Service Dog-Trip with New Handler

Discussion in 'disABILITIES!' started by ladyjubilee, Feb 8, 2019.

  1. ladyjubilee

    ladyjubilee Mouseketeer

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    We are currently working with a trainer for our new dog to be my son's service dog. I know that's backwards. His medical doctor had recommended a service dog a few years back, but my son wouldn't have anything to do with dogs. Until this dog-they just clicked. Then she just naturally alerted to a neurological issue (he has epilepsy, but the events we're seeing may or not be seizures)...and several times since before we could see the signs. So anyway, we have the doctors orders, the professional trainer and a dog who is so far exceeding expectations.

    Here is my question, though. Do we take her or not? Our trip is scheduled for mid November, which will be about a year into her training (and his learning curve.) We've done Disney enough that we have a lot of tricks we use for him to be able to handle Disney. I am a torn. We can make it without the dog at Disney, we've been before and on the autism front can succeed.

    My quandary is that many of the tasks she will provide are handled by use of stroller as wheelchair (it addresses a lot of the transitioning and sensory issues), plus physically he could never walk Disney, and since he's in the stroller I would literally be right there. Not exactly allowing him to be independent.

    But at the same time, I'd hate for him to have to be in pain (again the doctors aren't quite sure what it is) because humans can't see the problem until it is really bad. And if I'm teaching him to depend on her, I don't know if not taking her right at the time he's learning that lesson either.

    I'll be honest I'm a little intimidated by the thought of a dog, no matter how well trained and dedicated, at Disney. Just the physical demands of 7 days in the parks is a lot....and since we can make it, I'm torn.
     
  2. mamabunny

    mamabunny DIS Veteran

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    First of all, take a breath - because you have some time to work this through. You sound like me :) I'm a planner, because I want to smooth out all the "bumps" that I can! :)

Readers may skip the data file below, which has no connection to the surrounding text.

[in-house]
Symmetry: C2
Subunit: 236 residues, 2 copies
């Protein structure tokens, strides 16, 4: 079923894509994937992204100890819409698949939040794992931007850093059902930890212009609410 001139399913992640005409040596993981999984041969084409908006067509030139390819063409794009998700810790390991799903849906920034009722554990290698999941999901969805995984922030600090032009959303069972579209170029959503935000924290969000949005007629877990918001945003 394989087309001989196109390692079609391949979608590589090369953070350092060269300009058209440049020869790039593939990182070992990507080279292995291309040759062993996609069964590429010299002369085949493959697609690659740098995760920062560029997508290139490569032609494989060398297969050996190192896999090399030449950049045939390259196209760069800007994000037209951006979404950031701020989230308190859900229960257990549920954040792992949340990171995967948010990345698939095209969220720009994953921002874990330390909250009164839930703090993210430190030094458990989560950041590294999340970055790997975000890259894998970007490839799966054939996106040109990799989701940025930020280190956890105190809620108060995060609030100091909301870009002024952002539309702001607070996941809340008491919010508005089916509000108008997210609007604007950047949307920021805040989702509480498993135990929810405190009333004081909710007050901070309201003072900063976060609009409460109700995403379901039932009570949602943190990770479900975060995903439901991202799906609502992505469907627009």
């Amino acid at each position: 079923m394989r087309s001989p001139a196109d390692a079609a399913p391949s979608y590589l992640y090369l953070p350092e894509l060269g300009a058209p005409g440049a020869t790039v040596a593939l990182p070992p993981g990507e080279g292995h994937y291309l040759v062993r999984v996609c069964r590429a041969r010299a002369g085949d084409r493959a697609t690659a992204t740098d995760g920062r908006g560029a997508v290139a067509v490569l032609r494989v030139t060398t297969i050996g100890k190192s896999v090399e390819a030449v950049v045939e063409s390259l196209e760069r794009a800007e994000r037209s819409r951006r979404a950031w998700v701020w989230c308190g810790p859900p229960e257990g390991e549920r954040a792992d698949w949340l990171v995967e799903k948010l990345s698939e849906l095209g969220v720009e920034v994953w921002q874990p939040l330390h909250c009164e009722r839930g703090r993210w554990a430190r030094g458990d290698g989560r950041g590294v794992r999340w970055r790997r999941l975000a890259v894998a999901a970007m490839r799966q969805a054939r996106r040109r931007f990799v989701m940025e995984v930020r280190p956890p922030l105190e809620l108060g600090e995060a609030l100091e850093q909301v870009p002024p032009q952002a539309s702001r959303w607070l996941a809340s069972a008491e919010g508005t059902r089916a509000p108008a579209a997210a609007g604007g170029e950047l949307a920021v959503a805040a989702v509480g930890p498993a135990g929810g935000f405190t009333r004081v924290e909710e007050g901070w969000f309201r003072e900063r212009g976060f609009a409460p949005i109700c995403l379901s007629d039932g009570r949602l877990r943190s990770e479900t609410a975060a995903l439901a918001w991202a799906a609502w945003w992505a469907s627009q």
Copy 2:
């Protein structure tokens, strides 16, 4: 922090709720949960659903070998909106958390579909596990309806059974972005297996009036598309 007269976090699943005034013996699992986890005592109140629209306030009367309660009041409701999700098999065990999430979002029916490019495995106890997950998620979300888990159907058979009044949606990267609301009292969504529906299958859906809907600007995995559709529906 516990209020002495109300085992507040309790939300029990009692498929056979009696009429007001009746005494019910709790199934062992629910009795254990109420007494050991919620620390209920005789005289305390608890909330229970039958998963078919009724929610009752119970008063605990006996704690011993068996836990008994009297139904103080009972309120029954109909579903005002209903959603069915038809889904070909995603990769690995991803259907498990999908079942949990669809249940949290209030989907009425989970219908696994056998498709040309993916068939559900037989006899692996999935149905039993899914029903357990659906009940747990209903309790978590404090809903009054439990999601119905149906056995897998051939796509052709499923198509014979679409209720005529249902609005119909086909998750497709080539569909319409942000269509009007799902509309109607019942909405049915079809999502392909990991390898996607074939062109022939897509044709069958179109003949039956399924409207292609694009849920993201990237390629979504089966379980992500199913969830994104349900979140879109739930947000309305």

I would turn to your "experts" - your son's doctor, and the trainer. Talk openly and honestly with both of them about how *your family* "average" WDW trip works, and get their opinion of what would be best. Tell them that you want to keep this dialogue open from now until (let's just say for planning purposes) Mid-October, when you will want to have a final decision.

    During the interim, you could try short trips with the dog, to see how everyone handles it. That may inform your decision more than anything else! :)

    When I think of WDW from a service animal's perspective, it seems *very* overwhelming, and *very* exhausting to me. If you do take your son's companion, perhaps consider building in a "down day" every other day or so?

    Good luck with your decision - and I hope that you all have another wonderful, Magical trip :)
     
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  4. ladyjubilee

    ladyjubilee Mouseketeer

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    You are exactly right, I am a planner down to trying to plan when we'll be where. But I did talk to the trainer today, and he assured me that she'll be more than ready. He also said don't panic and over think it. That it is okay for her to go to the kennel a day if having her with us is going to create more stress than not. I feel much better now ;)
     
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  5. cmwade77

    cmwade77 DIS Veteran

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    Do you have a local theme/amusement park that you could try out with the dog?

    Just a thought to see how the dog and your son handles it in a similar environment.
     
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  6. Betty Rohrer

    Betty Rohrer DIS Veteran

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    i second the idea of trying at a local park if possible before your trip. maybe a few times if possible
     
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  7. ladyjubilee

    ladyjubilee Mouseketeer

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    We do. In fact we are season passholders at a couple of different parks. I'm hoping I can convince the trainer to come with us on a low attendance day for our first time....then build up to more crowded days.